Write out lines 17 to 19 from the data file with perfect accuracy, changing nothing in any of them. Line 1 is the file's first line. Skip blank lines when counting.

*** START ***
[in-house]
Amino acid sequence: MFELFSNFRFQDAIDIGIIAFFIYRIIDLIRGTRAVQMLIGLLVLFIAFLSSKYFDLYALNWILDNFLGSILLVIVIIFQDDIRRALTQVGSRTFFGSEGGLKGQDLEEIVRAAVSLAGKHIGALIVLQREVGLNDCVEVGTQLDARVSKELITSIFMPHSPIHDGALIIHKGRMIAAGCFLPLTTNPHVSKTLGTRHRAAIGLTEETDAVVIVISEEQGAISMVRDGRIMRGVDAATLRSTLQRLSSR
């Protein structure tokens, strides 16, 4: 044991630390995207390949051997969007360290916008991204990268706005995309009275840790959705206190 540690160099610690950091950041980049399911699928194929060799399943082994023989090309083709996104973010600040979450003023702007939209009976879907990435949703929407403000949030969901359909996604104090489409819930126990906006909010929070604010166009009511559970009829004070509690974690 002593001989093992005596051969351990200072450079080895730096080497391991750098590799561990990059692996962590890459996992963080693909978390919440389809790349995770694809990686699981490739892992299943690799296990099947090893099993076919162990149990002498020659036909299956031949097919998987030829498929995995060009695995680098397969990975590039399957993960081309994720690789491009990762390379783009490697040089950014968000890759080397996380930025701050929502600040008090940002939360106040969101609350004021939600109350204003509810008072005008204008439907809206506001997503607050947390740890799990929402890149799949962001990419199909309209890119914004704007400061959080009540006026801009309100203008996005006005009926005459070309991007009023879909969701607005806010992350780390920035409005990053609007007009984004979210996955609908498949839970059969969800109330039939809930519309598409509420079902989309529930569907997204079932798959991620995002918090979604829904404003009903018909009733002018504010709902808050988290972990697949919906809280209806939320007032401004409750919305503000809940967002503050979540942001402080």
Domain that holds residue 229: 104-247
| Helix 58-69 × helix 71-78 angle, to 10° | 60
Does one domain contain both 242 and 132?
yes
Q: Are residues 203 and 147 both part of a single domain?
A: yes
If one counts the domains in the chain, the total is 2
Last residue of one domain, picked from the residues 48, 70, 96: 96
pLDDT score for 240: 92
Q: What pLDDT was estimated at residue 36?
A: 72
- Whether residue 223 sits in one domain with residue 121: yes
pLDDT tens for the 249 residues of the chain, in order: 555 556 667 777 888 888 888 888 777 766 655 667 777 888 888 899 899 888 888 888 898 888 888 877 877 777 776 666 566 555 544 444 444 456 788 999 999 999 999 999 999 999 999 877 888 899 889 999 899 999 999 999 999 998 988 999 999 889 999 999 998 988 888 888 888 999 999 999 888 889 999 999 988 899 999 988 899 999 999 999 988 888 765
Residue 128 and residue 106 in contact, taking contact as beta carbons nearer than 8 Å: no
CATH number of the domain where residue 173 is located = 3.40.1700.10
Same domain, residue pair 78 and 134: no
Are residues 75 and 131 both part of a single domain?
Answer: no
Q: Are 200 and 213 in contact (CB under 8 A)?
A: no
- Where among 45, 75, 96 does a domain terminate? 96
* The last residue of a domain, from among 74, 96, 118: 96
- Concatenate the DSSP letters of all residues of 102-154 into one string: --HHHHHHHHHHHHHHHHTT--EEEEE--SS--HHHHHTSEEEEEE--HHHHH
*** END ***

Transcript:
Residue 128 and residue 106 in contact, taking contact as beta carbons nearer than 8 Å: no
CATH number of the domain where residue 173 is located = 3.40.1700.10
Same domain, residue pair 78 and 134: no